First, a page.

Project Information

DomainSpecific, computational chemistry, gaussian, Molecular-Dynamics
Project Status: New and Recruiting
Project Region: Kentucky
Submitted By: Vikram Gazula
Project Email: kristen.fulfer@centre.edu
Project Institution: Centre College
Anchor Institution: KY-University of Kentucky
Project Address: Danville, Kentucky. 40422

Mentors: Recruiting
Students: Recruiting

Project Description

Our group is a mainly experimental physical chemistry group at Centre College, which utilizes computational chemistry to complement and provide further insight into experimental results. Our main interest currently is investigating solution structure of electrolytes composed of either magnesium or zinc salts in non-aqueous solvents. The magnesium ion solutions have potential applications in the portable energy storage industry, as magnesium ion batteries are being investigated as potential replacements, or at the least complements, to lithium ion batteries. This is due in part to the large availability (and thus low cost) of magnesium. Due to the bivalent charge of magnesium ions, they are also likely to be more efficient charge carriers within an electrolyte solution than the monovalent lithium ion. While zinc ions are not being currently investigated by the portable energy storage industry, we want to study zinc and magnesium based electrolytes side-by-side, since magnesium and zinc bivalent ions have identical Shannon radii, though very different chemical properties based on their placement within the periodic table. This side-by-side comparison may provide insight into which properties (physical or chemical) play the larger role in determining molecular-level electrolyte structure and thus bulk electrolyte properties. One issue that has arisen in the portable energy storage industry is a lack of understanding of molecular level structure within the electrolytes and the role of these structures on macroscopic properties. Our group uses infrared spectroscopy and computational chemistry to determine the molecular level solution structure of various electrolytes. Experimentally, we measure the spectral signatures which arise from either the solvent or the anion and observe how these signatures are affected by various parameters, including concentration. Using primarily density functional theory computations, we can try to correlate molecular level changes in solution structure to changes in spectral signatures.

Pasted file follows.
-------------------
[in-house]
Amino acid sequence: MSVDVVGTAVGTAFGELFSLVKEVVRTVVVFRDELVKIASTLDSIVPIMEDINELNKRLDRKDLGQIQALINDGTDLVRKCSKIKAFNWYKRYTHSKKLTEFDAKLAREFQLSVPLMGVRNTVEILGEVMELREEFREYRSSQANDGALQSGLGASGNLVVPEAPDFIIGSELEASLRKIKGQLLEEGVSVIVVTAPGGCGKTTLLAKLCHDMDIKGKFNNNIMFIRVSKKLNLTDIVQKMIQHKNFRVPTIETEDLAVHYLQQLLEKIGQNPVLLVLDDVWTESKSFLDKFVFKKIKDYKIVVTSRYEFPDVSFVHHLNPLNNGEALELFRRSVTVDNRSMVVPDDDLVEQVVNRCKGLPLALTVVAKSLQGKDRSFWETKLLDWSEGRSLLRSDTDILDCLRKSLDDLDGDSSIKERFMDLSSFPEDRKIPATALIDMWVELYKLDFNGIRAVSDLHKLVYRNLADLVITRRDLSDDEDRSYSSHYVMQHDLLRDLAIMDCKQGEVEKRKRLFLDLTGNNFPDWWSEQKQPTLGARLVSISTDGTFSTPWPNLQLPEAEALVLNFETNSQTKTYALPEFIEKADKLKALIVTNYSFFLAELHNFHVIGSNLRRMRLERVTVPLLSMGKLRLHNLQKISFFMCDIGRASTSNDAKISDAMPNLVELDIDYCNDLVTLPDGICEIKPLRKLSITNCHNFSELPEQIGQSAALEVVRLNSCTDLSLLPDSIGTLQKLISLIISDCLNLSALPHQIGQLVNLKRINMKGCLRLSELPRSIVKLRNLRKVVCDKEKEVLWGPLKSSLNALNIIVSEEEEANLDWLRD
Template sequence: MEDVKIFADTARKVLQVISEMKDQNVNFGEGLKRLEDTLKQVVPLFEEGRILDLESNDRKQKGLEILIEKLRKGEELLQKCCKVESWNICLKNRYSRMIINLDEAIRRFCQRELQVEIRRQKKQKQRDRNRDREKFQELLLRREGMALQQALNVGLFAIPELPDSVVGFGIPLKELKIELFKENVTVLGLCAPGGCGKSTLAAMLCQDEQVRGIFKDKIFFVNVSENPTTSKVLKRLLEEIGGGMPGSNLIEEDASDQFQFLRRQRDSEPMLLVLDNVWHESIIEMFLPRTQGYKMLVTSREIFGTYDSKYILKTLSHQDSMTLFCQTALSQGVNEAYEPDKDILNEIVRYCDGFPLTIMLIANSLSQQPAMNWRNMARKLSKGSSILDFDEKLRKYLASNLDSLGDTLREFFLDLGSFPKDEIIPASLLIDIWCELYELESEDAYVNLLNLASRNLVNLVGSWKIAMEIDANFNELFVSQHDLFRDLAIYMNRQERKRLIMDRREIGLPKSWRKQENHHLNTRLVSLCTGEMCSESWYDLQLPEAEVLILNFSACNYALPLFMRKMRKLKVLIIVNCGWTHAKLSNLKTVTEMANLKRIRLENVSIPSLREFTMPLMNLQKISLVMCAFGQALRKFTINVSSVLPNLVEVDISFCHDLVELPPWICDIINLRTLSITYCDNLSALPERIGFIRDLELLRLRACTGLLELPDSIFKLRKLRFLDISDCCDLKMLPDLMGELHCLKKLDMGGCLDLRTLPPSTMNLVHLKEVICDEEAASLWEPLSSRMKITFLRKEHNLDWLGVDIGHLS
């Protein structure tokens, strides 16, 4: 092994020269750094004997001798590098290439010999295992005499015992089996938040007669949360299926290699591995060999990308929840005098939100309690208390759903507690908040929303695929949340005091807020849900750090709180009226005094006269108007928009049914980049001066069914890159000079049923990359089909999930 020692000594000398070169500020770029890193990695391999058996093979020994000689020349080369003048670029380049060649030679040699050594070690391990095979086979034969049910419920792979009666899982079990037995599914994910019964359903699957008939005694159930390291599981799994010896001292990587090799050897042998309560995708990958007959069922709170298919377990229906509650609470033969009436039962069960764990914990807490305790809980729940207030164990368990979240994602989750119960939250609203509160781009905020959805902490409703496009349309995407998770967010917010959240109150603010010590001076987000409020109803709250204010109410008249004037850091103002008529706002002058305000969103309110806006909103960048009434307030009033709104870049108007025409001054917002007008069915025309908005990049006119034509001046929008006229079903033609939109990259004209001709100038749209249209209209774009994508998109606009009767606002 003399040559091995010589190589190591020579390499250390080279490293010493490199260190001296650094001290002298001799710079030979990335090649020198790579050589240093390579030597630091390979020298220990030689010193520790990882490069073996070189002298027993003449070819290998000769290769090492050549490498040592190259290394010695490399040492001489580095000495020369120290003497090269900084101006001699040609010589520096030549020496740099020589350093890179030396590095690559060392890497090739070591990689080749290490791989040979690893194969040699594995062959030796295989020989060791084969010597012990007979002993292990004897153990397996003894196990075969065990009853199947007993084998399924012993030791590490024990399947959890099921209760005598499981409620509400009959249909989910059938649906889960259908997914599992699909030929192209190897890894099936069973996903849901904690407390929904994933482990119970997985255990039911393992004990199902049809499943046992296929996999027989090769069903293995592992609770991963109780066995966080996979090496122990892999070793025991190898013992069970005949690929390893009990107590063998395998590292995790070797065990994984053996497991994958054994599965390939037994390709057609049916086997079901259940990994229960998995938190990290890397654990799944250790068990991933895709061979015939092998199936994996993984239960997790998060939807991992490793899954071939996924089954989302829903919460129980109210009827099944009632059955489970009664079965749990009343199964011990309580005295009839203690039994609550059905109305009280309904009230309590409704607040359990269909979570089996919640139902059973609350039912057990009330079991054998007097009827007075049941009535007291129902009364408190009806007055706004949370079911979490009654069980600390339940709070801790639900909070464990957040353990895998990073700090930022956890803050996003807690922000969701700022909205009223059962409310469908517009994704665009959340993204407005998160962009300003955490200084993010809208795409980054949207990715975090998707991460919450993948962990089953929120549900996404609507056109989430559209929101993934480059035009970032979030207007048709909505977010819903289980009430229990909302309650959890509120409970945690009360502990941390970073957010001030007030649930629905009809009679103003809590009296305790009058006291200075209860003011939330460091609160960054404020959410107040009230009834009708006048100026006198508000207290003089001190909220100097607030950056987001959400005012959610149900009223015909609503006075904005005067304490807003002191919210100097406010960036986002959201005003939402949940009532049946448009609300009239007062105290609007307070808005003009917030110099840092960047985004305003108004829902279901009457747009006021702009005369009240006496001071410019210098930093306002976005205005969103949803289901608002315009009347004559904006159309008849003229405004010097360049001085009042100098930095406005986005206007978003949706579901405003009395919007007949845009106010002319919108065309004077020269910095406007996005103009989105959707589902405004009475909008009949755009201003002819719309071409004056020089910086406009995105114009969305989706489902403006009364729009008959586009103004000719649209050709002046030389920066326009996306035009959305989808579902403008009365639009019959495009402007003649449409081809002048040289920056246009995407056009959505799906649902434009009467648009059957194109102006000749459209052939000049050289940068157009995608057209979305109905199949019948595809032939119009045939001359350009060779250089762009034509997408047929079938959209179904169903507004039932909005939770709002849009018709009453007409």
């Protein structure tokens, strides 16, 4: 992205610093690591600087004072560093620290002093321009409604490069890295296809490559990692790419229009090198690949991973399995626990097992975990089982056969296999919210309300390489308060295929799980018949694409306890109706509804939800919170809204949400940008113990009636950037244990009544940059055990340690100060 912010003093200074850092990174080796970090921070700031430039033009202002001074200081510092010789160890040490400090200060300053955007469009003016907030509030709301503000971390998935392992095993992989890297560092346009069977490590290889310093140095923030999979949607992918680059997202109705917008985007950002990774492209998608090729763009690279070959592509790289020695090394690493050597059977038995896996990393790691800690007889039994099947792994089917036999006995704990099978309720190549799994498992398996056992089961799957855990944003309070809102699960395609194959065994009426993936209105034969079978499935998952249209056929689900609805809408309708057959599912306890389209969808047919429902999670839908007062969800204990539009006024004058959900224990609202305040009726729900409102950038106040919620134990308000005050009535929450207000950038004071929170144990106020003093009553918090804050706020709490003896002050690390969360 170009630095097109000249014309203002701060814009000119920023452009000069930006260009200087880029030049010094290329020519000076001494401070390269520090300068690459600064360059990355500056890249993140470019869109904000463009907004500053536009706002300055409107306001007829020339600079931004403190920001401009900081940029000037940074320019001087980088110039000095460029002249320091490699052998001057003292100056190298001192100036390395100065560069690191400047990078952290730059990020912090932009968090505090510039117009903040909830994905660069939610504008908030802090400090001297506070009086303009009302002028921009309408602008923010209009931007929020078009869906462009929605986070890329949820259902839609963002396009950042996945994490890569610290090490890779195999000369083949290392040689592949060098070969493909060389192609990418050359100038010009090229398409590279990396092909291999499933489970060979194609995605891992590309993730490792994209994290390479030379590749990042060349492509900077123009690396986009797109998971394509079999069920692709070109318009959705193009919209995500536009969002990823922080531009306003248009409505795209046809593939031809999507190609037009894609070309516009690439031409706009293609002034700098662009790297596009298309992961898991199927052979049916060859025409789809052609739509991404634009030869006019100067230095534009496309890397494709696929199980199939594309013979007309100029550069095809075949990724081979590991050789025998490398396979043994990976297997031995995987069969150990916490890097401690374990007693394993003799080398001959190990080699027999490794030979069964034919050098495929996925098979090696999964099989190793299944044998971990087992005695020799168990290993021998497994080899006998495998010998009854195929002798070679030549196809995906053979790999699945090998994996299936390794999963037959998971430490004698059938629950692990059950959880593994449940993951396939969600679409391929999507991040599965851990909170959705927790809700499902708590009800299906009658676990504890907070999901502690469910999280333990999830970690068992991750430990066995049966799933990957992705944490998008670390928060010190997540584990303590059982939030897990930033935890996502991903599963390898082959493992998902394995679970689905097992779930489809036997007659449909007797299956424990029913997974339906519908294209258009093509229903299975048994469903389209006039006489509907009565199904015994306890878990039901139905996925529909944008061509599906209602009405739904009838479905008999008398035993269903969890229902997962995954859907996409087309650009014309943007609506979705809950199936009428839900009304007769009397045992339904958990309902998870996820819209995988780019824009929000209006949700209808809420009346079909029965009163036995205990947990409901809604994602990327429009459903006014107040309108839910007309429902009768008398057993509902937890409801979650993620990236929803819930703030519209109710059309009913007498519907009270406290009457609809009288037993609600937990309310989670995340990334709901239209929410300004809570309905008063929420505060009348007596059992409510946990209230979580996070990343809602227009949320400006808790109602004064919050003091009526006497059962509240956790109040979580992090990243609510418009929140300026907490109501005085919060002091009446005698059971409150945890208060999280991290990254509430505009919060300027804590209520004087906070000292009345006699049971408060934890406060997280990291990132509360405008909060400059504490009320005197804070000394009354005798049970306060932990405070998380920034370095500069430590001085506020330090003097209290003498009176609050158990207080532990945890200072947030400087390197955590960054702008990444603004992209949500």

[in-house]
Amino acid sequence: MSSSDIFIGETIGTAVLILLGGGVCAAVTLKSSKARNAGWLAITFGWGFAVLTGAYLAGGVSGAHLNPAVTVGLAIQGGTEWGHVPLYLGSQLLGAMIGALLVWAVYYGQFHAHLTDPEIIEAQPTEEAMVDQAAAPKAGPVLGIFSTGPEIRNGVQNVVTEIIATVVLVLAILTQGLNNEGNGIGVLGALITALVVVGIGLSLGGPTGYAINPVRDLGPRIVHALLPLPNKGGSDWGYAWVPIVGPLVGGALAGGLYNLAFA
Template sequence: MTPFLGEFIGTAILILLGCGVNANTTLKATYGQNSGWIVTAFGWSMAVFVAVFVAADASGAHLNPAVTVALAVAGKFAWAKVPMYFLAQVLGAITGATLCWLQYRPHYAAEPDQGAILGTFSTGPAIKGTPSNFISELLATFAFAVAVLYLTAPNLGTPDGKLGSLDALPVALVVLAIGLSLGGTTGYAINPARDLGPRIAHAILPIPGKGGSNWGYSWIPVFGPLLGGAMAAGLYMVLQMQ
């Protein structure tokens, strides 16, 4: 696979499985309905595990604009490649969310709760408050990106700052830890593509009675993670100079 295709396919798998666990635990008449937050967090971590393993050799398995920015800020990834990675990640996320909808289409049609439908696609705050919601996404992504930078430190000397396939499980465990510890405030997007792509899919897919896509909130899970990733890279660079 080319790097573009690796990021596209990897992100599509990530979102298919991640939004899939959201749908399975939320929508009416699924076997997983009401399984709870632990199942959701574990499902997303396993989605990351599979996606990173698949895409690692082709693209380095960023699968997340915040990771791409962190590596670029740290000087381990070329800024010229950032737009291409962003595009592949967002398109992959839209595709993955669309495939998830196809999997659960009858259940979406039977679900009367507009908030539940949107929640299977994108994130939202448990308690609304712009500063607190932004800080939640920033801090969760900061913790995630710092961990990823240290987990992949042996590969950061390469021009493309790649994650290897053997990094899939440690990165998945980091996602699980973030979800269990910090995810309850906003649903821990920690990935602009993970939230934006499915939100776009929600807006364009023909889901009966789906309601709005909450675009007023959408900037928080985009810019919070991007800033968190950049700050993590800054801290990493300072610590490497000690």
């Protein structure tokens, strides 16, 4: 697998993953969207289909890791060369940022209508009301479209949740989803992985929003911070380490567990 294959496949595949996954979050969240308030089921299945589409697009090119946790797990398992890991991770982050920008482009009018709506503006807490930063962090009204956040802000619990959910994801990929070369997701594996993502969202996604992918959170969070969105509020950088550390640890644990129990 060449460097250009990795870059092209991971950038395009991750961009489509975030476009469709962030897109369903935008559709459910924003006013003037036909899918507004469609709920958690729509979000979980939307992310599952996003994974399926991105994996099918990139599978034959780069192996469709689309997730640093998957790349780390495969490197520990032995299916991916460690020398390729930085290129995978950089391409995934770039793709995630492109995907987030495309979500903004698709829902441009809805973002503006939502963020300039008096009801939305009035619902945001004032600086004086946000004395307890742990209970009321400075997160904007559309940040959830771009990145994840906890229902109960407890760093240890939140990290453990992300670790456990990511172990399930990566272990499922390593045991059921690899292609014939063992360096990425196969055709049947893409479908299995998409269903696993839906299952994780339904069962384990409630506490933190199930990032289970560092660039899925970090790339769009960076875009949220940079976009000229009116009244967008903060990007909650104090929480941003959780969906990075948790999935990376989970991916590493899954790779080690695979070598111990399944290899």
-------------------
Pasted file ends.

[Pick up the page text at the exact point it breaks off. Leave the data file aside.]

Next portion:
Optimize the geometry of several possible solvation shells of each cation (Mg and Zn) with tetramethylurea and compare the energy and predicted IR frequencies of each complex to compare with experimental IR spectra. Quantify the interaction energy between the cation and each tetramethylurea solvent molecule in the primary solvation sheath of the cation. Perform an optimization and interaction energy calculation for each cation interacting with a variety of different non-aqueous solvents to find other likely compatible solvents, based on similarities in cation-solvent interaction energy. Optimize the geometry of several possible solvation shells of each cation with the most likely solvents from the solvent compatibility search to compare likely solvation shell geometries. Optimize the geometry of several possible ionic and ion-paired species involving both the cation (Mg or Zn ions) and various anions and compare the energy and predicted IR frequencies of each complex to compare with experimental IR spectra.